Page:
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DreamHack Summer 2024 – What Esports is all About

by News7

DreamHack Summer 2024 is a reminder to me that esports and in-person events are brilliant, beautiful, and better than ever.

As I sat in a busy hall, full of Swedish fans cheering on local side Alliance, it strikes you how much of this aspect of esports is lost when you only watch it online. DreamHack Summer isn’t the largest event in the esports scene, it isn’t even the largest in Jonkoping, that title goes to the Winter version of this event. But, sitting in the venue you get an idea of the love for the event, and it reminds you why you come to these events in the first place.

Look, we all know how it is. The online gaming space can be a horrible place, and people are toxic, but it doesn’t have to be like this, in fact, it isn’t. See, esports is weird and it’s become an entertainment property that is consumed by people online 99% of the time. But for the 1% or so that attend events, esports changes, it becomes another beast entirely.

DreamHack | Freja Borne
This is where DreamHack Summer comes into our story. DreamHack is known the World over for the events it produces, but, DreamHack Summer, and the town of Jonkoping are something special. The event started in the late 90s, and, apart from COVID the event has gone strong every year since. I’ve attended the event as a ‘fan’ for the past 5 years as I used to live in the town. This year, however, I went as the press to get a different perspective on the event, and spent a little more time at the event, and more importantly the esports.

For DreamHack Summer this year, there are a lot of different events to check out. We have the Esports World Cup, with EAFC 24, Tekken, and Street Fighter. The Swedish regional CS2 competition, and, probably the main attraction for most, the ESL Challenger event.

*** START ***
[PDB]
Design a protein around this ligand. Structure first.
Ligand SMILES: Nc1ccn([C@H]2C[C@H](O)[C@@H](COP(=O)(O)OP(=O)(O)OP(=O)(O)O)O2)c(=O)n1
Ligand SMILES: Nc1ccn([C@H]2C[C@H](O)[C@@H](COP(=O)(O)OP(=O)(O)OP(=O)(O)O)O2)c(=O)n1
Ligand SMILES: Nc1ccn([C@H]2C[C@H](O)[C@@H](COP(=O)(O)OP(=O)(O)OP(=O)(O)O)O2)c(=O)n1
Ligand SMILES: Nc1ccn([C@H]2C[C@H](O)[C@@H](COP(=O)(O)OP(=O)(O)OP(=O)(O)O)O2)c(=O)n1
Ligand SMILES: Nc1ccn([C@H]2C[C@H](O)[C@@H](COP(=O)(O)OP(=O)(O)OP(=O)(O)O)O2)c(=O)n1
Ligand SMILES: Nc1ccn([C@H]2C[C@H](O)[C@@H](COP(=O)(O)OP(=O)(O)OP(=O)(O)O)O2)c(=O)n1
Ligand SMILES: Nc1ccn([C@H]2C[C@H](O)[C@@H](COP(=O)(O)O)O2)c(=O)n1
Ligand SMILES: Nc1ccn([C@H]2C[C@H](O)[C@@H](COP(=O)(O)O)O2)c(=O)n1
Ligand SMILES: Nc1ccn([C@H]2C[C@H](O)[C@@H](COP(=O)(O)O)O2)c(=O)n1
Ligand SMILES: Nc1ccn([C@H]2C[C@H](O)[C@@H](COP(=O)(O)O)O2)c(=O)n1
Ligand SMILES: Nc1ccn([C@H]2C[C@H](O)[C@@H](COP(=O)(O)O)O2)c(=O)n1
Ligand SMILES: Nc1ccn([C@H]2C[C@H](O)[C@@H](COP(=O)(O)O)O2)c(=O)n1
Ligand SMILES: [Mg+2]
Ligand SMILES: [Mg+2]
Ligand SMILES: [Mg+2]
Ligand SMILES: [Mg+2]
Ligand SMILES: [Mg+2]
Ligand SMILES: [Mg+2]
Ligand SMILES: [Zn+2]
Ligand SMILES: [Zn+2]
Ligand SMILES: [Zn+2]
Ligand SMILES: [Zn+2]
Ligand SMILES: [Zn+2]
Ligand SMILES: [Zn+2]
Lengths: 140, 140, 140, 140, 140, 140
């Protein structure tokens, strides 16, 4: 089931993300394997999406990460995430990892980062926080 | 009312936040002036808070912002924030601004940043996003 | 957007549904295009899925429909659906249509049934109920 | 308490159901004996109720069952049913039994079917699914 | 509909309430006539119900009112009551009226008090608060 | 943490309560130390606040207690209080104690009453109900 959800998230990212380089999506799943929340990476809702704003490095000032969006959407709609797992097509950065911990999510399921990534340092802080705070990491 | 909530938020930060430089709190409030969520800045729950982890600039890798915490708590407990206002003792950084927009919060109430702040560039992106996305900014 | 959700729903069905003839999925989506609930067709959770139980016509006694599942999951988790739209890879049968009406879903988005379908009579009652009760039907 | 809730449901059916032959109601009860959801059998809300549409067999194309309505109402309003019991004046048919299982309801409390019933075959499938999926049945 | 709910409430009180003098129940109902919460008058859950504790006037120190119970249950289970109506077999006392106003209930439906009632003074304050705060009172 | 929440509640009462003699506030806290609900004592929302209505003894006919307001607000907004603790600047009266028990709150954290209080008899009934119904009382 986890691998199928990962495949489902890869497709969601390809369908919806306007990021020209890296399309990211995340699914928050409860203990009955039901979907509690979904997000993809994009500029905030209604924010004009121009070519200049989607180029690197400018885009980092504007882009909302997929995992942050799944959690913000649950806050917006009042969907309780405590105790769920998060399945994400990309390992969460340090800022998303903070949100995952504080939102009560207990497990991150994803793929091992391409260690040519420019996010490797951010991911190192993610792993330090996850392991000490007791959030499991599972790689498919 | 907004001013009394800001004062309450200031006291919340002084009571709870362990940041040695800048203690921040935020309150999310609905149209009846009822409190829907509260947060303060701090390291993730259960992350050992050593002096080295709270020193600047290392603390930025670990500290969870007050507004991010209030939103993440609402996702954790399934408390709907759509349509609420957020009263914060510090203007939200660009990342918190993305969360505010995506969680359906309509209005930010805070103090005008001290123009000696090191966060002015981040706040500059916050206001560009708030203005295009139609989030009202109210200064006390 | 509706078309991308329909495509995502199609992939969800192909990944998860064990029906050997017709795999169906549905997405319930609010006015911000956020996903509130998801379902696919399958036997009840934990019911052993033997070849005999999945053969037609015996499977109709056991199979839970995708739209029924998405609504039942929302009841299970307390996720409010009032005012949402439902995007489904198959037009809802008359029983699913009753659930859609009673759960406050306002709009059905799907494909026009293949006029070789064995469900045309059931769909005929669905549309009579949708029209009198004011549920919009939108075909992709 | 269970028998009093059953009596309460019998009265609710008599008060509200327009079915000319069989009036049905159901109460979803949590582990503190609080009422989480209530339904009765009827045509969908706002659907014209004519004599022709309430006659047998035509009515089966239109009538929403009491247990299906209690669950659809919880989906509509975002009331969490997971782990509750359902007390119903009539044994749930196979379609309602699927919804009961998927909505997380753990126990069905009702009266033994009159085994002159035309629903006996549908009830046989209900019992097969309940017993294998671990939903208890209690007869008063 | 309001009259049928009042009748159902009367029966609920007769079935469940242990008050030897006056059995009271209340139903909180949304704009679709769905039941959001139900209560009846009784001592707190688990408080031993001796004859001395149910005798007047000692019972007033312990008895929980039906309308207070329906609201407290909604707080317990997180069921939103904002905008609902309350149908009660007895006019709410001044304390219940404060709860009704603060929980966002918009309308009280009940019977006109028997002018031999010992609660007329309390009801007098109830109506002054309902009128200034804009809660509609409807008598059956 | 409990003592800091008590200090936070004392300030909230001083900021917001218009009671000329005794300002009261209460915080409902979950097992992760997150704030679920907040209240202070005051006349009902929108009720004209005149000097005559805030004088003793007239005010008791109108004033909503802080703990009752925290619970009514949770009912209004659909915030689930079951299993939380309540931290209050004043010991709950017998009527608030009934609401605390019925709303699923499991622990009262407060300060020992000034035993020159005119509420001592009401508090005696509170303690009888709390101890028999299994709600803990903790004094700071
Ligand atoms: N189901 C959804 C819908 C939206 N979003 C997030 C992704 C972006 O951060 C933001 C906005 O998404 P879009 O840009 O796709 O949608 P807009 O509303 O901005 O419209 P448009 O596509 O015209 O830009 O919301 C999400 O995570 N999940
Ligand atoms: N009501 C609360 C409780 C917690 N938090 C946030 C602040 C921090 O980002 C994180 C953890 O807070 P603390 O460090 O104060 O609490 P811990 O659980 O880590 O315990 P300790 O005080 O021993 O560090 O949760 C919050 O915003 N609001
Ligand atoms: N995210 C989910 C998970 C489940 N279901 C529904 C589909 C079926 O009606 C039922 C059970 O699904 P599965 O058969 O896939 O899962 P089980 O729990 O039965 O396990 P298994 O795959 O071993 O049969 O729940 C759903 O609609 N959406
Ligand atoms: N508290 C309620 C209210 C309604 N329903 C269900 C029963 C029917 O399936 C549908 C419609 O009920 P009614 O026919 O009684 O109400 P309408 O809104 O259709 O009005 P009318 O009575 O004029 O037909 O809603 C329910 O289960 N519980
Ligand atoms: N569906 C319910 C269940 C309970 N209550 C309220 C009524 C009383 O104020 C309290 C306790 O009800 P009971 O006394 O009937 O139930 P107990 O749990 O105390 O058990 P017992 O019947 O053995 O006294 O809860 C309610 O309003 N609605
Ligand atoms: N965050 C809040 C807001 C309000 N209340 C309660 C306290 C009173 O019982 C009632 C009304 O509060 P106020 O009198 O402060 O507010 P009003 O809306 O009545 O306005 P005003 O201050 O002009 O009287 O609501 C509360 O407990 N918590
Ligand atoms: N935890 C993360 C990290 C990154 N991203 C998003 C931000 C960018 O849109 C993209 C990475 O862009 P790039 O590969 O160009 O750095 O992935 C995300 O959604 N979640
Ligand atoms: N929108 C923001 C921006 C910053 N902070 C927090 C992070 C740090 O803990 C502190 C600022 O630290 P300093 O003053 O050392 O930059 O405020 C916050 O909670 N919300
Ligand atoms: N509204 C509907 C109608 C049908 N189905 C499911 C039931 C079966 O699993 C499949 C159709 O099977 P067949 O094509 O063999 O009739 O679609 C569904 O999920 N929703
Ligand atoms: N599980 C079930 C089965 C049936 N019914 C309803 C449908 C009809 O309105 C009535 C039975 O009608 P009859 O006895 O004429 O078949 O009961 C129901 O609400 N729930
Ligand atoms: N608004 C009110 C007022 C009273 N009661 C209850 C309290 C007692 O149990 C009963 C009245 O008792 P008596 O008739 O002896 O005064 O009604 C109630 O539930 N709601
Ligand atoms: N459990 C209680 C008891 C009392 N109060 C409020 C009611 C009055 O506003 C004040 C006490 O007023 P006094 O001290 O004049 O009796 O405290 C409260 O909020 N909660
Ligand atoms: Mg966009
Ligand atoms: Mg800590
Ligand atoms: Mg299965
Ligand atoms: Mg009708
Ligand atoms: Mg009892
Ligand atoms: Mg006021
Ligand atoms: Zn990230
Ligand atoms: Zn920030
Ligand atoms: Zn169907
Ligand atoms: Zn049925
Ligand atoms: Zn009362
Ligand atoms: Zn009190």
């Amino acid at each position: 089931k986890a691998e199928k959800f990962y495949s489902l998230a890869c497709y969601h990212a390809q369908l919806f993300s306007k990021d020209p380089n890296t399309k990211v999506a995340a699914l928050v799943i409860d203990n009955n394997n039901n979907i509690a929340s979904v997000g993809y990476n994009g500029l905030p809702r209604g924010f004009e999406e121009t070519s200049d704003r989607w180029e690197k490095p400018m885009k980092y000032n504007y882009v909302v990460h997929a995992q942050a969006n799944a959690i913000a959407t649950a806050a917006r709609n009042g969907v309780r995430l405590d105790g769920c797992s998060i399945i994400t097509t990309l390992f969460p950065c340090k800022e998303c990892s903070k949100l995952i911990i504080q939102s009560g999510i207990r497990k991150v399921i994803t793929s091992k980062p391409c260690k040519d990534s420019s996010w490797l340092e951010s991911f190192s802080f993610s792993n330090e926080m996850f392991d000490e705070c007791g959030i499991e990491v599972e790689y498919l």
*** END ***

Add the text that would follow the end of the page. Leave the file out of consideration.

As we mentioned at the start of this story, the Challenger event had the added advantage of featuring a Swedish roster for a change in the form of Alliance. Sadly, in their two games on the stage, they couldn’t get the win that, if I’m being honest a part of me wanted. Local fans only got to see the team play on Friday, but with Saturday being the busiest of the weekend, it was a shame not to see them play in front of a huge local crowd.

DreamHack | David Johansson
While the fairytale wasn’t to be, the local crowd did not fail to deliver. One of the magical things about esports, is a lot of people are just at the games to watch good esports, rather than going with the intention of supporting their team. As the series goes on, fans step up and react to the game, the players on the stage and the fans below almost reacting off of one another. It’s a magical thing to witness in person, and something even the Twitch chat just cannot replicate.

While not unique to DreamHack Summer, something that does come across in the Arena is how young some of the people in the crowd are. I’m a parent, so it’s special to see parents bringing their kids to an in-person event. Most of the people reading this are probably of an age that is used to the ‘pushback’ we get for enjoying esports, and how it’s a waste of time. but that’s changing, and I think this weekend was the first time I saw it with my own eyes.

Esports World Cup – Bringing in a New Crowd